When you next open your eyes, the moon has nudged only a little higher in the star-crusted vault. You blink sleepily, yawning, and wish there was enough light to see your pocket watch by.

And then you hear it.

You stiffen. A chill ascends your spine. Slowly, you sit up and stare wide-eyed out into the darkness. It's a dream, it has to be. But, no, you know you aren't dreaming. And yet, it isn't possible.

Is it?

From out of the dark comes the sound of splashing. And not just any splashing. You would recognize that sound anywhere, it is so indelibly imprinted on your memory. It is the same drowning-cat thrashing that Reginald Abercrombie III made. The exact same.

There can be no doubt, the laboured splashing rings clearly out of the night, its source barely a dozen yards off your bow.

Feeling queasy, the night spinning, your eyes strain into the darkness, but even with the moon, there is too little light. And the splashing keeps coming, steadily coming closer and closer. Another minute and you will be able to make him out.

But you don't wait that minute. You don't know how to explain this. It's impossible for him to still be swimming. Anyway, you heard him go down that last time. He drowned, you know he did. Whatever's out there can't possibly be -- but that doesn't make it go away.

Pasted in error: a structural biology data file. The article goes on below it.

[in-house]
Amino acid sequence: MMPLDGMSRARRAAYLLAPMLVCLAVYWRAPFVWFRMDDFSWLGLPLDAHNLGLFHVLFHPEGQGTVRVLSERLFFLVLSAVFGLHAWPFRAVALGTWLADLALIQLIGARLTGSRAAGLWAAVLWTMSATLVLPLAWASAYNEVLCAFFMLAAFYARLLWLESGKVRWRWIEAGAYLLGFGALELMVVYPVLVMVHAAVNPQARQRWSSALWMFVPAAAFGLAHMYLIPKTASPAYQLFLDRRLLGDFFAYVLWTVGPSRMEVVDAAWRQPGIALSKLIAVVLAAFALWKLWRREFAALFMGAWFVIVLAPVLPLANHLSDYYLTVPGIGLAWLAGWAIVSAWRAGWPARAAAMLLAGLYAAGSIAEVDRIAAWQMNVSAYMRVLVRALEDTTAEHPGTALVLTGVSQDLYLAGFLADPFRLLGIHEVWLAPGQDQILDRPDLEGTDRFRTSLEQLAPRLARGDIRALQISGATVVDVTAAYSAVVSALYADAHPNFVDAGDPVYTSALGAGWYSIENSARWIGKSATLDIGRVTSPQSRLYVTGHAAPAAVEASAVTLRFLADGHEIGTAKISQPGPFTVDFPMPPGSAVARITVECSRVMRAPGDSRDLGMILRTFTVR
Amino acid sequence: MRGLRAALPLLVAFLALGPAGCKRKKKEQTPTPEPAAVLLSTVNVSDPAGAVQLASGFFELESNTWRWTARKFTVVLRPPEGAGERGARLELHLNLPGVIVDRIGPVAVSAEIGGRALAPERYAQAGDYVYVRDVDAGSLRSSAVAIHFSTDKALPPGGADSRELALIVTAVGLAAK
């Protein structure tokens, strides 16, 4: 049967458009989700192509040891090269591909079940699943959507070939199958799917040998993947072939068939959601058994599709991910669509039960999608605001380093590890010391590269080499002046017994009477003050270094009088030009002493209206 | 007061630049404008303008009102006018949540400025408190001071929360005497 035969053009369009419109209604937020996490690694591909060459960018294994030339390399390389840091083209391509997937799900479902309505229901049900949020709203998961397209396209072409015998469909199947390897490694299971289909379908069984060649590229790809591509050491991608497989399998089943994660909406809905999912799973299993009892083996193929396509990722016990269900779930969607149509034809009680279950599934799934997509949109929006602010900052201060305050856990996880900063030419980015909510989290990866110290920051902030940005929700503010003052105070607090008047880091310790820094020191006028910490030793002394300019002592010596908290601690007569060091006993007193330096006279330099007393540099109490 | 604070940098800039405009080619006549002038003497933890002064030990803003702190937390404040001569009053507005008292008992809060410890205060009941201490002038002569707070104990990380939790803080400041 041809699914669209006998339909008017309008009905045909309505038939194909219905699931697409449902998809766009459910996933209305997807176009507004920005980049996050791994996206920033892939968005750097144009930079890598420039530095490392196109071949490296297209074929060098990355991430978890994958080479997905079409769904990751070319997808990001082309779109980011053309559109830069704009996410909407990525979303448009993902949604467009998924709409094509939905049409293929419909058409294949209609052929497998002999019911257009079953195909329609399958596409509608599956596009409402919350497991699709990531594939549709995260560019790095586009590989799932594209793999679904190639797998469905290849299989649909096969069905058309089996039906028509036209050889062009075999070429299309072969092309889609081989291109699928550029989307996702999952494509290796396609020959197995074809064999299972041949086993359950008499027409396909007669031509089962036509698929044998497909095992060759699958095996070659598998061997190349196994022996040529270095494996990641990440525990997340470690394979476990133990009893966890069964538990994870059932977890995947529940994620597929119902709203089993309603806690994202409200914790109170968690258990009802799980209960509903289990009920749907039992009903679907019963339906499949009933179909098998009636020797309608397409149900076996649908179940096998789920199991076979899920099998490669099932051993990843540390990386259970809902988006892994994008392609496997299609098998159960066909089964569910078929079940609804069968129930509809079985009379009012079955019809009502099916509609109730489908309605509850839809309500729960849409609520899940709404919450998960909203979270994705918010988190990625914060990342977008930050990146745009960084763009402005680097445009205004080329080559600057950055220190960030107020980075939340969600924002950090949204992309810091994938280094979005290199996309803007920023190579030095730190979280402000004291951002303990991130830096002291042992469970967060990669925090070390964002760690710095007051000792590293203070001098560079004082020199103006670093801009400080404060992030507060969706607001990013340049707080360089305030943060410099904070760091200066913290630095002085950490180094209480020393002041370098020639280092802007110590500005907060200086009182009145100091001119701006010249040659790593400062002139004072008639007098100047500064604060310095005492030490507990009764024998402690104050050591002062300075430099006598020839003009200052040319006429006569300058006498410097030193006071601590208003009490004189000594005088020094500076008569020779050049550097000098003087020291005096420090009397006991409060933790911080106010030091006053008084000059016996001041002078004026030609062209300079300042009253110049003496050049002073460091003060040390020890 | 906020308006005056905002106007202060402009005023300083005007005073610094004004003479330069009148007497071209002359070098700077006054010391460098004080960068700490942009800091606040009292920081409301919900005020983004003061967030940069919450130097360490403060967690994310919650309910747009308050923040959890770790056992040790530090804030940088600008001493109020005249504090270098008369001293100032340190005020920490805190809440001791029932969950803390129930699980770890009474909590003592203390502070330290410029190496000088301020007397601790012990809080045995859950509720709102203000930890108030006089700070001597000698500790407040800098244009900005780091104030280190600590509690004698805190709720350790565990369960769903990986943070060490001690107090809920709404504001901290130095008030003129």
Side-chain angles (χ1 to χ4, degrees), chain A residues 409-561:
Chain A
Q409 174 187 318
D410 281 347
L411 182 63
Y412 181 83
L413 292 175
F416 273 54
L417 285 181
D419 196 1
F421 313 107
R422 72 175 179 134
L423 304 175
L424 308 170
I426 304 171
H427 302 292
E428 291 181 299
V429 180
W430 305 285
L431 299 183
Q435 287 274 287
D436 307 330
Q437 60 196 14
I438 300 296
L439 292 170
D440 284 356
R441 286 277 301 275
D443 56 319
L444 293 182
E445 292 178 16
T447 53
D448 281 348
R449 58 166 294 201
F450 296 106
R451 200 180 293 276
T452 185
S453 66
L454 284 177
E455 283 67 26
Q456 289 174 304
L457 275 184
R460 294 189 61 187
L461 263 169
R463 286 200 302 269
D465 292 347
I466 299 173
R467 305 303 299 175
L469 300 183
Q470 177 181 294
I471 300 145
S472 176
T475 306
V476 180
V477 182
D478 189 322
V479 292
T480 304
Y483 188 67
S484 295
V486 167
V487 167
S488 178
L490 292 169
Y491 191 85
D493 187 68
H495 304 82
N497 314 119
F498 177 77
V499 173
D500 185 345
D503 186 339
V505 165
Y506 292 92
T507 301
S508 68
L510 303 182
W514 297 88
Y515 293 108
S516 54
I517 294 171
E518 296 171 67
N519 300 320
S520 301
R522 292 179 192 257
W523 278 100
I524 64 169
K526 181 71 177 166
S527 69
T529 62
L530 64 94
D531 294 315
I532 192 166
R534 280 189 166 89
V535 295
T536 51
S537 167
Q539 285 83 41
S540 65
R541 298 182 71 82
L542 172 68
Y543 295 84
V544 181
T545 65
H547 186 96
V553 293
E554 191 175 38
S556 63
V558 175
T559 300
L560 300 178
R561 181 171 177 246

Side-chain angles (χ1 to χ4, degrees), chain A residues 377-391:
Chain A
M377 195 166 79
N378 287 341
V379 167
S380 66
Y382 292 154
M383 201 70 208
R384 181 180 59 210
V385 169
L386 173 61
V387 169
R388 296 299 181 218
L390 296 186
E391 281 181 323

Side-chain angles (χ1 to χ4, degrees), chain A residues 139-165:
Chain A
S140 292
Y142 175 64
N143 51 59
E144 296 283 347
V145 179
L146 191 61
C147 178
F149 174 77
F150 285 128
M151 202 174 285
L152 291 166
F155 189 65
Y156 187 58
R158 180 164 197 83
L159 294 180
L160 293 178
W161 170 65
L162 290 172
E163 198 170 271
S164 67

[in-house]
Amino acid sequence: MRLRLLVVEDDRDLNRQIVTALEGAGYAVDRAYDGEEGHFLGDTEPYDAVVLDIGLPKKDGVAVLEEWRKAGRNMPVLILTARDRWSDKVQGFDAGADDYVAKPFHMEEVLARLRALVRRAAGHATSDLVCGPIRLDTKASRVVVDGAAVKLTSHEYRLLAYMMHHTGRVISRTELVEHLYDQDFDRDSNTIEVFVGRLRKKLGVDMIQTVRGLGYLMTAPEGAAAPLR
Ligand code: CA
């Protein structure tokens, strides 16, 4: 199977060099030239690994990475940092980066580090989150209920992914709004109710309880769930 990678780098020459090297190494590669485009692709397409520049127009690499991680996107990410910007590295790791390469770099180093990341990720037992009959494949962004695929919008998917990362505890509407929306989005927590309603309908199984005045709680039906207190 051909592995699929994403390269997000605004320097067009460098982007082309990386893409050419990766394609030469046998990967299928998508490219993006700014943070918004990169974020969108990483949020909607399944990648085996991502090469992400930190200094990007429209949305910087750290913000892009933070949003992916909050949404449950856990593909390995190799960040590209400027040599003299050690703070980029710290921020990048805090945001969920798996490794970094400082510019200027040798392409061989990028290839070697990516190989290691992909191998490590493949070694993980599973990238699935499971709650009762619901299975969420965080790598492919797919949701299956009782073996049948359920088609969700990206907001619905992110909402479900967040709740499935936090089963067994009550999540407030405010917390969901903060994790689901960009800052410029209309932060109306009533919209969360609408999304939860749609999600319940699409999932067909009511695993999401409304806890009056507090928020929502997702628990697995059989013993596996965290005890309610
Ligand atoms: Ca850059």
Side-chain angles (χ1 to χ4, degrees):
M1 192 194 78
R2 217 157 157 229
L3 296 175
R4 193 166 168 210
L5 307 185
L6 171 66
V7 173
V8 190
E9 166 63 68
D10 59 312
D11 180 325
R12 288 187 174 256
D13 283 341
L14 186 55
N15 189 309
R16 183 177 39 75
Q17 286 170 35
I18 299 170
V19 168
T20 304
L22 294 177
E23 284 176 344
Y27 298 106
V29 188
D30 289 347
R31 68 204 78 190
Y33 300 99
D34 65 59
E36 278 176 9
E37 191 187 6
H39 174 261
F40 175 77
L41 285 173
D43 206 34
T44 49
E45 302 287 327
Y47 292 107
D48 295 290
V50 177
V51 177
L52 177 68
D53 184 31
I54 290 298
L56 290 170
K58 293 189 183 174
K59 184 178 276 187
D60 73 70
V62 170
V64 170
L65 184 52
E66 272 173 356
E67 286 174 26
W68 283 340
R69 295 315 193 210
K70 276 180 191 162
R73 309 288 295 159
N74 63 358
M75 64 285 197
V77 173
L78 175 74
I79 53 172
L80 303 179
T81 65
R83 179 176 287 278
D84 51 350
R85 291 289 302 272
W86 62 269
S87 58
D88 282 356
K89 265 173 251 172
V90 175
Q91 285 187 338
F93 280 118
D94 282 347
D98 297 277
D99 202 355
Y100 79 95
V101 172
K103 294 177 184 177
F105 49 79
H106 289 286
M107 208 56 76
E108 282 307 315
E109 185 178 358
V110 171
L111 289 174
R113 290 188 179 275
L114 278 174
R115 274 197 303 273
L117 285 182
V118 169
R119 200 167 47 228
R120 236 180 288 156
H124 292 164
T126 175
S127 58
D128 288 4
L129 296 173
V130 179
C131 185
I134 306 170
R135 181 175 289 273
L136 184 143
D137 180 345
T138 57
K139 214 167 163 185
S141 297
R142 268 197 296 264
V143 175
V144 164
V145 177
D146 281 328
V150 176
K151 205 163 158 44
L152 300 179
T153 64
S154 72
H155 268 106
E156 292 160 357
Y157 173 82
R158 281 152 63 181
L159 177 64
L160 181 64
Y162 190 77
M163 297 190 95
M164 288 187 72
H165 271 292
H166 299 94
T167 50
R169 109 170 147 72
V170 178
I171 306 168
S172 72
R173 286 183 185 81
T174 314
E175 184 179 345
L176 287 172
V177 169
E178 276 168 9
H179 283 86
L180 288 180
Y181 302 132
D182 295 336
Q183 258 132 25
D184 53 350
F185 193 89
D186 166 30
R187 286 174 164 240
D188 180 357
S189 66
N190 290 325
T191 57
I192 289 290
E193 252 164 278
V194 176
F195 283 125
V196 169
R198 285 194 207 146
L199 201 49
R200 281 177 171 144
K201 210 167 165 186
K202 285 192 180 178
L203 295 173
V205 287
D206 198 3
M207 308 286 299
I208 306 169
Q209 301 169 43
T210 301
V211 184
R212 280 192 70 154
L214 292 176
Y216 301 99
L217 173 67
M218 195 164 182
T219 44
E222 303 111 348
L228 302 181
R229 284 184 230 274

With a horrified yelp, you grab the oars and begin rowing again. Swinging the pinnace away from the splashing, you row and you row, frantically, frenziedly even. Dressed as a gentleman, there is nothing gentlemanly about this retreat. To coin a phrase -- you run like a girl.

Gradually, the splashing falls behind, growing dimmer and dimmer, then finally fading away altogether. You row for fifteen minutes more, for good measure, than finally let the oars drop with a double thud. Out of breath, panting, it is a moment before you can muster silence enough to listen again. When you do, you listen with a tense fearful acuity, afraid the horrible splashing will resume, afraid to hear that hideously impossible sound pursuing you implacably out of the dark and frosty night.

But there is only silence in your wake.

A dream? Surely it must have been. Some sort of hallucination, at least. Even if the man hadn't drowned, there was no possible way he could have followed you so far. No, none at all.

But you know it wasn't a dream. Whatever it was, it was very, very real.

Whatever it was...

For the first time, a thought enters your head. A silly thought. A chilling thought. You try to laugh it off, but the sound of your laughter is hollow and false. Ridiculous, you tell yourself. But another voice replies, Really? Is it really?

What if, you find yourself wondering with a shiver, what if Reginald Abercrombie III has come back as a ghost? What if he has come back to haunt me for letting him drown? God knows, if any man had reason, he certainly does, doesn't he?

Suddenly, you find yourself looking around with huge frightened eyes, staring into the darkness of the surrounding black ocean, every nerve fearfully tight. You feel so exposed in this little pinnace, nowhere to run to, nowhere to hide. A ghost? Rubbish. But how else to explain it? How else to explain that horrible --

Suddenly you hear it again.

You straighten with a cry of despair. Your hands form claws before your twisted features.